Human Rights Council Successfully Built on Strong Desire of States to Address Human Rights Violations in Non-Confrontational Manner, Third Committee Told
Human Rights Council Successfully Built on Strong Desire of States to Address Human Rights Violations in Non-Confrontational Manner, Third Committee Told
|Department of Public Information • News and Media Division • New York|
Sixty-seventh General Assembly
37th Meeting (PM)
Human Rights Council Successfully Built on Strong Desire of States to Address
Human Rights Violations in Non-Confrontational Manner, Third Committee Told
President Says Approach Illustrated by Crisis in Syria, Which Dominated Year;
Yet, Full Implementation of Important Resolutions Depends on Additional Resources
In its six years of existence, the Human Rights Council had successfully built on the strong desire of all Member States to address the root causes of human rights violations and raise awareness about them in a non-confrontational, consistent and coherent manner, but more funding was needed for its growing mandates, the Third Committee (Social, Humanitarian and Cultural) was told today.
In just the first full year after the review of its working methods, the Council in 2012 used interactive dialogue to pass resolutions on human rights situations in nearly 20 countries, with the crisis in Syria illustrating the Council’s approach and dominating much of its attention, said Council President Laura Dupuy Lasserre ( Uruguay).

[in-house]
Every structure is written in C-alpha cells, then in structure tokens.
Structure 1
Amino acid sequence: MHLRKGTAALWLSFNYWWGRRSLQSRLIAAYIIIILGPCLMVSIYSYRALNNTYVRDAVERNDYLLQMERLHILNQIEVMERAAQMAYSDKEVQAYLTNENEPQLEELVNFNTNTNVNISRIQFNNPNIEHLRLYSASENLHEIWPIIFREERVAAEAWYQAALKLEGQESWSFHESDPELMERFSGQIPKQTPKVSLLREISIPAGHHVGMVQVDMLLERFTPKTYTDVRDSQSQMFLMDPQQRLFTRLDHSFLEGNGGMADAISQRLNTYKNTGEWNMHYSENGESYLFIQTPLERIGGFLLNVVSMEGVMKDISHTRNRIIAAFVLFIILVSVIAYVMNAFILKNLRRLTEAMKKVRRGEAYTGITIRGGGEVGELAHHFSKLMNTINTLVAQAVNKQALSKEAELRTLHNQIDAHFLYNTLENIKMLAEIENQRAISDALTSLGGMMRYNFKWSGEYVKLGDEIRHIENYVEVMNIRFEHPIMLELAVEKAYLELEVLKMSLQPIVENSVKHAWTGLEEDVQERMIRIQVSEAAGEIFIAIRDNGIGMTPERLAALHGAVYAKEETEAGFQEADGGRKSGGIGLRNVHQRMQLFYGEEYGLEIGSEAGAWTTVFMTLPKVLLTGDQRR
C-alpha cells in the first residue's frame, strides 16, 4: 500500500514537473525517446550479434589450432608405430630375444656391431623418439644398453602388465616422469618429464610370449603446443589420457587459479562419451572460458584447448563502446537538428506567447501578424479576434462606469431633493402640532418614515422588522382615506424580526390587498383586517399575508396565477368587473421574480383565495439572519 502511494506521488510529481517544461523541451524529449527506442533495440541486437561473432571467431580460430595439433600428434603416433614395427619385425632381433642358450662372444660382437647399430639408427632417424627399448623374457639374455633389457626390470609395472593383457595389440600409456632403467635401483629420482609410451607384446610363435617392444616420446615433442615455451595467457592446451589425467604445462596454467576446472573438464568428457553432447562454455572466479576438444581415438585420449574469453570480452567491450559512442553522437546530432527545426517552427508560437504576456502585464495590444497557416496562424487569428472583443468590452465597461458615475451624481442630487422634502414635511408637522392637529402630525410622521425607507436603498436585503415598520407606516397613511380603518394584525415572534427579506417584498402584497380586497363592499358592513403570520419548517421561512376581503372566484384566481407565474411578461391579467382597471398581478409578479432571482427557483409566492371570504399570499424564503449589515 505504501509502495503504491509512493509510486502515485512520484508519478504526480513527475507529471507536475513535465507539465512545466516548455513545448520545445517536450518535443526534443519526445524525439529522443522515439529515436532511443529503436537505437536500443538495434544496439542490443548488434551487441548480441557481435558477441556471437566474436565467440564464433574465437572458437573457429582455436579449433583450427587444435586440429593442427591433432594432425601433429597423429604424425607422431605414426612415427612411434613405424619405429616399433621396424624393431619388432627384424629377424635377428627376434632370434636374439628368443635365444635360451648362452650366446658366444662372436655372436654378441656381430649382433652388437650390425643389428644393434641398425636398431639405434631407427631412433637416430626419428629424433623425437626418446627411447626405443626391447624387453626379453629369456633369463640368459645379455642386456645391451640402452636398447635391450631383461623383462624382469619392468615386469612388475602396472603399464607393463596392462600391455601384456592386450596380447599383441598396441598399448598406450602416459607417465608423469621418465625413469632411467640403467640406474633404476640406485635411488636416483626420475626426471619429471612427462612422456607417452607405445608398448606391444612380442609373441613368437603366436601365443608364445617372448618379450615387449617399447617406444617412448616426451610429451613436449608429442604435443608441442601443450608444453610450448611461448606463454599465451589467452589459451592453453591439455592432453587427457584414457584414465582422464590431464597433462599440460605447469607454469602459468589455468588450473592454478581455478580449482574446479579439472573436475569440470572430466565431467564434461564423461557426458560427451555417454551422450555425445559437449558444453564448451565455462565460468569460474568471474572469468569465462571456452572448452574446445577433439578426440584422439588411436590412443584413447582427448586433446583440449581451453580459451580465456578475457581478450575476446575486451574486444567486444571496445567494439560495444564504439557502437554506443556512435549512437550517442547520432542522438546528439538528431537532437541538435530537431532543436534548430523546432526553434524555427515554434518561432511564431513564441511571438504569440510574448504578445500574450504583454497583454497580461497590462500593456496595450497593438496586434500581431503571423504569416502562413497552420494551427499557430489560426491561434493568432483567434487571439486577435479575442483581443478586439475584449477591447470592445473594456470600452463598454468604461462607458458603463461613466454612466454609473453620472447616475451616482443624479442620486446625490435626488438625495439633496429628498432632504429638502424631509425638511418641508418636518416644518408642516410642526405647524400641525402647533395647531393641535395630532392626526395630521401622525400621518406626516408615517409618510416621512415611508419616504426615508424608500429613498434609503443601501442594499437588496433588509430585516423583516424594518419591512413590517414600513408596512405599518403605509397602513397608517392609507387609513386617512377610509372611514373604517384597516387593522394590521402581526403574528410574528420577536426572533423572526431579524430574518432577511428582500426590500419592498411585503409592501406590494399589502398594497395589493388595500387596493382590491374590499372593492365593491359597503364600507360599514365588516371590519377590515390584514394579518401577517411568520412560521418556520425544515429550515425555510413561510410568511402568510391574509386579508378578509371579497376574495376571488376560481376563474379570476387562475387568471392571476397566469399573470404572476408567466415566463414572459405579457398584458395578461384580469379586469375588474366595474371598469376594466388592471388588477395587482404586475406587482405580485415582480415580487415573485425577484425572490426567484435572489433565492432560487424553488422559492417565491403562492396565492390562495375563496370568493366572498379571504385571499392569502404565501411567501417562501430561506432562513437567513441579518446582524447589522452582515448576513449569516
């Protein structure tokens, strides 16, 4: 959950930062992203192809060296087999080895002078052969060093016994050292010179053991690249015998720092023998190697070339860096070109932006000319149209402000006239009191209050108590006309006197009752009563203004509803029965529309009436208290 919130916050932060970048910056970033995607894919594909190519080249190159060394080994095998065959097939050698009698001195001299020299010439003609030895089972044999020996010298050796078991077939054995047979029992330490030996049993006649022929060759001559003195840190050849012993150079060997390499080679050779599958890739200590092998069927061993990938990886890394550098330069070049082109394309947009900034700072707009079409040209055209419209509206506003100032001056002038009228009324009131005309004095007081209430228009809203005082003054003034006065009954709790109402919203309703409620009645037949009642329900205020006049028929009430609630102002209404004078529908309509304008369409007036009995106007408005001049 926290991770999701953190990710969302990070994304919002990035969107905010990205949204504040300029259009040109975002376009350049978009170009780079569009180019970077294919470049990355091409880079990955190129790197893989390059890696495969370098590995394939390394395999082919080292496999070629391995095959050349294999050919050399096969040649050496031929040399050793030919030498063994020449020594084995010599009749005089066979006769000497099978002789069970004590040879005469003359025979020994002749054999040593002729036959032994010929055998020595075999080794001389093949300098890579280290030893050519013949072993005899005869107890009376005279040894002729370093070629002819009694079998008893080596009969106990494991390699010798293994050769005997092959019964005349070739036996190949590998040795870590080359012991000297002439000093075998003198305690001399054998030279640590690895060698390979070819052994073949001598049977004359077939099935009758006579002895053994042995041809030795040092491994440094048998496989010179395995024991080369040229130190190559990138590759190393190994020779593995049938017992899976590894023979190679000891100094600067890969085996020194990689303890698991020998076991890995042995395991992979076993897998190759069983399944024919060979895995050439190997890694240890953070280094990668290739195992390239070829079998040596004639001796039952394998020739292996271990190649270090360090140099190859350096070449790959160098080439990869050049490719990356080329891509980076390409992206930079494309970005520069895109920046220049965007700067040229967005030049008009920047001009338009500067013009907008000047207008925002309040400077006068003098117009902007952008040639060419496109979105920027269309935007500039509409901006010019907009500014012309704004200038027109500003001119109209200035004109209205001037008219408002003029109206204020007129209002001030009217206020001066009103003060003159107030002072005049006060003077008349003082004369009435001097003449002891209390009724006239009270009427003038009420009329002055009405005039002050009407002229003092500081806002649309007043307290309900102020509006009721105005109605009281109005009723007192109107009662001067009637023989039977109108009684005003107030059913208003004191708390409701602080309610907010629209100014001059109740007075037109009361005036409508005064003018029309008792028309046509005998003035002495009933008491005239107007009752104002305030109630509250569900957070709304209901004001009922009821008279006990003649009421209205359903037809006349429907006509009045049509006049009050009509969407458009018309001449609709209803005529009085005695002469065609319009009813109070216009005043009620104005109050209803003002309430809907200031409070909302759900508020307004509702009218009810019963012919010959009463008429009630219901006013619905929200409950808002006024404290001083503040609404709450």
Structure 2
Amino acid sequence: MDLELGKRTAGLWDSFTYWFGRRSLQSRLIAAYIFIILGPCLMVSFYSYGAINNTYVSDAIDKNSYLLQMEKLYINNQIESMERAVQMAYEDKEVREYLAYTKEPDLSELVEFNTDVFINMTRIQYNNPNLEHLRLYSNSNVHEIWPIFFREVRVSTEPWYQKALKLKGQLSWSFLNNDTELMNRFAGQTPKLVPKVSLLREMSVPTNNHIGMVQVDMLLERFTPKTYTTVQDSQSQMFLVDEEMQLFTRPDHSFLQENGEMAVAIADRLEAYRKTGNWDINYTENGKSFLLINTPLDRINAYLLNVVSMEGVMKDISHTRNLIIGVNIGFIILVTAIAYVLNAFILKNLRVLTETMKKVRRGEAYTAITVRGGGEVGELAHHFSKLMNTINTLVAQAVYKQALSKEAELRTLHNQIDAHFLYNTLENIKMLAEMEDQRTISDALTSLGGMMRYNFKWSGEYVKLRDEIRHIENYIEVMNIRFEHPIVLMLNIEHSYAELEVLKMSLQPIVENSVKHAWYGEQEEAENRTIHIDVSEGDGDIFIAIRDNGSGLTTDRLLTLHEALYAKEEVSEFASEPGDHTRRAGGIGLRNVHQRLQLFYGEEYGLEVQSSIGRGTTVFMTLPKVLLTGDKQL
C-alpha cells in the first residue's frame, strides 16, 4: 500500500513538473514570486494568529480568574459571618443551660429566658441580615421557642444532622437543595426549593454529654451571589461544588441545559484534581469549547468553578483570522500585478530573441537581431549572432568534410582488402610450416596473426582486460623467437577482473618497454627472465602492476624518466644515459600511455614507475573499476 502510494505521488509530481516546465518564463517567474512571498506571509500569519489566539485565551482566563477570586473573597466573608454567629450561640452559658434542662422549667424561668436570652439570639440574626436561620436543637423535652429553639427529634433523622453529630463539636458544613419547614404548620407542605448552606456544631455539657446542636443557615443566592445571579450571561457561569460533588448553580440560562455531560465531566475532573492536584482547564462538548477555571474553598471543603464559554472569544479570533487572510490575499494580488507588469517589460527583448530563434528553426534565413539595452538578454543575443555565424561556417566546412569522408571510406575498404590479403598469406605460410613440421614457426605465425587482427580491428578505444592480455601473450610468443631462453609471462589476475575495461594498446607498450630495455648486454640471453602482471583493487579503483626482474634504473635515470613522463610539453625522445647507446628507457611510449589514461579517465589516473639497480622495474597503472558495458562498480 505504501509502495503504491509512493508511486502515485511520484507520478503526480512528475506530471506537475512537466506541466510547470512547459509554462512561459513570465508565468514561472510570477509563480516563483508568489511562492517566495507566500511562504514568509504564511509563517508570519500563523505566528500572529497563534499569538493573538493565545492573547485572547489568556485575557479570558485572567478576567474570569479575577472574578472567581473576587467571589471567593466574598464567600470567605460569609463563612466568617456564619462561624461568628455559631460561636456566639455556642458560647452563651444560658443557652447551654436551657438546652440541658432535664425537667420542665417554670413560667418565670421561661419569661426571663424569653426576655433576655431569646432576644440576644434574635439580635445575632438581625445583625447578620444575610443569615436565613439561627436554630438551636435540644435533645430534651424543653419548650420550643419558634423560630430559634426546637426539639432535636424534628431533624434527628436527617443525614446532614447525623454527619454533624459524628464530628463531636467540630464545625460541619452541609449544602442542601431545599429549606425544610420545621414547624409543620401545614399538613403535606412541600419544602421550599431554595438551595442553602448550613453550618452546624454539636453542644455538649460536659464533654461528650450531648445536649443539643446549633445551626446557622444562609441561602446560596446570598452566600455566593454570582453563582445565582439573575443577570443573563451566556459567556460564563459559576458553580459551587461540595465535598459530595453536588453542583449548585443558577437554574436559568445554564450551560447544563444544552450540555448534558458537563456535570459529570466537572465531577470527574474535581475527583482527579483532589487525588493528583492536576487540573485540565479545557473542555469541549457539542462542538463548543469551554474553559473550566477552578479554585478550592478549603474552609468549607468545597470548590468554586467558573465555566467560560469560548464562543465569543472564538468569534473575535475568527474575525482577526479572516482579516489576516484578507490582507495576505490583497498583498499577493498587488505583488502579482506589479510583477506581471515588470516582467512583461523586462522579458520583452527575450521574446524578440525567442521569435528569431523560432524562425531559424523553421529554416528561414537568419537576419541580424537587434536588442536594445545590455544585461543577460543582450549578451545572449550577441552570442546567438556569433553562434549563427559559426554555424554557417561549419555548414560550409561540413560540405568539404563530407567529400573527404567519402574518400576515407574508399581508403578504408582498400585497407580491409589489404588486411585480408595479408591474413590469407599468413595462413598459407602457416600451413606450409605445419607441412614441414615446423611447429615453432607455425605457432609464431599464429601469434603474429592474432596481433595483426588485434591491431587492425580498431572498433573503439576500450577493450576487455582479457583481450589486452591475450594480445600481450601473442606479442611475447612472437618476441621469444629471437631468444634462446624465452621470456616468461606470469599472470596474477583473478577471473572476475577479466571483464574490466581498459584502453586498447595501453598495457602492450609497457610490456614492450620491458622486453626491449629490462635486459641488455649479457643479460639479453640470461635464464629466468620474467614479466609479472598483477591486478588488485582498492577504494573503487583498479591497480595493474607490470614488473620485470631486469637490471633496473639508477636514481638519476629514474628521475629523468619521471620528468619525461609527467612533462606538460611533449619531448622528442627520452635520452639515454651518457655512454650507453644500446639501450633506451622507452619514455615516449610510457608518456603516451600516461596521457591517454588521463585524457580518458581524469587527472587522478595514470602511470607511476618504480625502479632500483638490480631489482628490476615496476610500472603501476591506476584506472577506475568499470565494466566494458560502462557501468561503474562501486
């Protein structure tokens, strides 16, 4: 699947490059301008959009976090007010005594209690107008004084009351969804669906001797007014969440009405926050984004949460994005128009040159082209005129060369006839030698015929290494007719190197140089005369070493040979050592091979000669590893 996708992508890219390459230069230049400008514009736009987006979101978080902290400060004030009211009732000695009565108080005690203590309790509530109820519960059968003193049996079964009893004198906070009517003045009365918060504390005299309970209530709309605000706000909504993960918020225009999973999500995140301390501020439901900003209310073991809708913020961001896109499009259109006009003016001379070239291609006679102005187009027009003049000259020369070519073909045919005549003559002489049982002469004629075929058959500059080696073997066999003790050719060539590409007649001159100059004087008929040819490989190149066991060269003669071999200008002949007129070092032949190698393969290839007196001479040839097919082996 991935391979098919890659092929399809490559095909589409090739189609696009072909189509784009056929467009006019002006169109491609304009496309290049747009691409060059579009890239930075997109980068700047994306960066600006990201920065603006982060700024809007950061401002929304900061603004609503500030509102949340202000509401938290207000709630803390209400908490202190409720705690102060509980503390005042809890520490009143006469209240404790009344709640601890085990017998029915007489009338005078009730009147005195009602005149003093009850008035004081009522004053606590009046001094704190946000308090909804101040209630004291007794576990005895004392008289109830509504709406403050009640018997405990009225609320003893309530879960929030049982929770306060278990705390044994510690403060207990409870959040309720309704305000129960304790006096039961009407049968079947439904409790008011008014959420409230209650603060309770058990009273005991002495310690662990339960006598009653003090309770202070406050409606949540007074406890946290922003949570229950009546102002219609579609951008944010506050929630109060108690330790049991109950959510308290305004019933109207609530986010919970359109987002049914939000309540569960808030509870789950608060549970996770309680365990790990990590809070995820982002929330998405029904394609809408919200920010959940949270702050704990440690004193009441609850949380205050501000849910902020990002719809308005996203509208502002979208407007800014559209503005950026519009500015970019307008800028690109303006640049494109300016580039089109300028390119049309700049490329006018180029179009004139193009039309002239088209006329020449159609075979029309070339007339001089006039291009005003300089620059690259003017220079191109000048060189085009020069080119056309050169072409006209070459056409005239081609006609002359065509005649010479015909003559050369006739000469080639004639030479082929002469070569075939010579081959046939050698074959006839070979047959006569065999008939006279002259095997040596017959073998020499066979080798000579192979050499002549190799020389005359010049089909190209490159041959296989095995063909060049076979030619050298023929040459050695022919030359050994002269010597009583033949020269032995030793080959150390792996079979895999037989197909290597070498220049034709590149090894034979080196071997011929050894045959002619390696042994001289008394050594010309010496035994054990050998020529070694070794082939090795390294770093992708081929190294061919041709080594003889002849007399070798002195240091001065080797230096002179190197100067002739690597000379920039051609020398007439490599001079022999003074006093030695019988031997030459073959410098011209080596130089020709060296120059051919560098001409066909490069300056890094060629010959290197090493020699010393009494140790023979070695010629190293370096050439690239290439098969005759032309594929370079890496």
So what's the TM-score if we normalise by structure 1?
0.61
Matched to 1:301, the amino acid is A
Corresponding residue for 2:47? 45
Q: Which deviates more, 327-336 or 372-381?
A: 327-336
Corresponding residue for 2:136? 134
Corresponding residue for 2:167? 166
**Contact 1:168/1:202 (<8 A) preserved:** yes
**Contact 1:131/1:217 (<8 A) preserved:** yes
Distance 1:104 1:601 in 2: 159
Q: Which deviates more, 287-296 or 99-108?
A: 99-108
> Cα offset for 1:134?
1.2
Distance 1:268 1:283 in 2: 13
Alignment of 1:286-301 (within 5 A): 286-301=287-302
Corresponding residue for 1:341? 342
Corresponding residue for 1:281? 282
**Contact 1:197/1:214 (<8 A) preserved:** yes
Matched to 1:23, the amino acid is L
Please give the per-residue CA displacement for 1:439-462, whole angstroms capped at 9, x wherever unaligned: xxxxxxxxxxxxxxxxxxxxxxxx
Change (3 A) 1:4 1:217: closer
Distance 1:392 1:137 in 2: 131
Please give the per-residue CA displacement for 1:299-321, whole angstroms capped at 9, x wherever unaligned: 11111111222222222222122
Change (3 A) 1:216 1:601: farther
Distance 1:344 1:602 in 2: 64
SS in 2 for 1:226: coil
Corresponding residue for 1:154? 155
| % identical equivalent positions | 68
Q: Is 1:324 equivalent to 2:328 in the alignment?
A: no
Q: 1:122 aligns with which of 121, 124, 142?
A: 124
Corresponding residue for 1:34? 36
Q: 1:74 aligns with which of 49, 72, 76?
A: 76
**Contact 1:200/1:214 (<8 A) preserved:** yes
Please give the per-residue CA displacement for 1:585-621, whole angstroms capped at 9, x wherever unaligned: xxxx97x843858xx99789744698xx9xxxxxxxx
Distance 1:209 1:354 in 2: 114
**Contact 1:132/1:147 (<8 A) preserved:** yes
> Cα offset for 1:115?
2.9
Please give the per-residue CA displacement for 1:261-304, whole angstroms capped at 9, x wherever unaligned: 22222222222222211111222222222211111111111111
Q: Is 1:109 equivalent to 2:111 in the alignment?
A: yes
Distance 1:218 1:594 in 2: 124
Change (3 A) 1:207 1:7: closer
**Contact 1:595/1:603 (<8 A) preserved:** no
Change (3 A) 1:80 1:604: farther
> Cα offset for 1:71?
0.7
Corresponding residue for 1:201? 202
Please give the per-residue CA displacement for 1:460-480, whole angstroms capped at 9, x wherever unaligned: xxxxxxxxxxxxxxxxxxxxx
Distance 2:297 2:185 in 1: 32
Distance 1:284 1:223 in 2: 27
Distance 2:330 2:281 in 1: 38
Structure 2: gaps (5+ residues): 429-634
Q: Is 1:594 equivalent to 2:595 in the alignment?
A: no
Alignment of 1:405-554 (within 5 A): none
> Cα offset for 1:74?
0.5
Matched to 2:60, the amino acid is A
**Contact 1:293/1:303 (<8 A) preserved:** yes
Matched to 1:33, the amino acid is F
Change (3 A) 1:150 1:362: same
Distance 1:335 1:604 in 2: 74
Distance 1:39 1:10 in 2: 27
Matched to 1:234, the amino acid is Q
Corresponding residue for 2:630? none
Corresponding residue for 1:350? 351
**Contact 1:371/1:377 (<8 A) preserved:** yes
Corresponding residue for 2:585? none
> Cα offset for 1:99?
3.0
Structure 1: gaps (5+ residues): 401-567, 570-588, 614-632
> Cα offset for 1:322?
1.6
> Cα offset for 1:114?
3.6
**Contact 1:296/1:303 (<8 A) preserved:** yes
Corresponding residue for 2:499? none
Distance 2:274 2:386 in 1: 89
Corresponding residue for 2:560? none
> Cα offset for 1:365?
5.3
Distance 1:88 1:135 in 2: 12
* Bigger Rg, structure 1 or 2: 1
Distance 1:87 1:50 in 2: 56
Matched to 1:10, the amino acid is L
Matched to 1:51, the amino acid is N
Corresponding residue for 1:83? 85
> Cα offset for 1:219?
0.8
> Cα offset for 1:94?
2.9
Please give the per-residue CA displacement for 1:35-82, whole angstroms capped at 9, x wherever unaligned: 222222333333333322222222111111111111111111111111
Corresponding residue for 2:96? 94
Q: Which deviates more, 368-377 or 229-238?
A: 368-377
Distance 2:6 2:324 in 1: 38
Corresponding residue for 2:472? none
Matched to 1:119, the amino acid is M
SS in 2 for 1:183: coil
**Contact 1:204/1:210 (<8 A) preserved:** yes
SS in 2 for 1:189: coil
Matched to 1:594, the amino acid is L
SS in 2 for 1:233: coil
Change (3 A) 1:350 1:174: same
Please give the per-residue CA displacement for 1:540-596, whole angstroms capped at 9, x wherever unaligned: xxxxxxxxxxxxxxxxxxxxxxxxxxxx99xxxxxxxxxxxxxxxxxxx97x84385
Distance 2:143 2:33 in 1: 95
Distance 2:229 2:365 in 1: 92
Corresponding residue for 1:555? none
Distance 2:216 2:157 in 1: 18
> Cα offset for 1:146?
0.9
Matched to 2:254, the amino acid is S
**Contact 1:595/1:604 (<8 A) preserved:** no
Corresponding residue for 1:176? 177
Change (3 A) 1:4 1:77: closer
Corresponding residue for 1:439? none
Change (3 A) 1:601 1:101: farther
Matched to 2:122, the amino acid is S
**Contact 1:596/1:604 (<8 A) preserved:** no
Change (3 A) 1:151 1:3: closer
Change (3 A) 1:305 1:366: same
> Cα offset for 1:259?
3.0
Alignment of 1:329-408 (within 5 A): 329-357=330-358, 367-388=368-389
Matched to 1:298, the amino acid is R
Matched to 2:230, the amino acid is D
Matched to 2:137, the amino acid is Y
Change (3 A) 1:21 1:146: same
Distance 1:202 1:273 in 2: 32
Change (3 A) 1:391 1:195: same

“I would like to highlight that the full implementation of these important resolutions very much depends upon the availability of additional resources that I trust will be approved by the Assembly,” she said.
This year the Council also established two new country mandates, the Special Rapporteurs on Belarus and Eritrea, and one thematic mandate, the independent expert on the human rights obligations relating to the enjoyment of a safe, clean, healthy and sustainable environment, which brought its total number of mandates to 48.
“The high number of panels, together with the interactive dialogues and general debates, provides for a fruitful forum for focussed discussion on diverse human rights challenges, but we should avoid overloading the programme of work of the Council,” she said. In 2012, it adopted a total of 99 resolutions, decisions and President’s statements.
The capacity of the Council to take action on human rights issues had been affirmed as the number of cross-regional initiatives continued to increase, she said. Many resolutions were adopted without a vote, demonstrating the Council’s capacity to agree on issues relating to protection of those most in need. Furthermore, she said, the number of dignitaries addressing the Council increased constantly, demonstrating the growing interest in it as the main United Nations body dealing with human rights issues.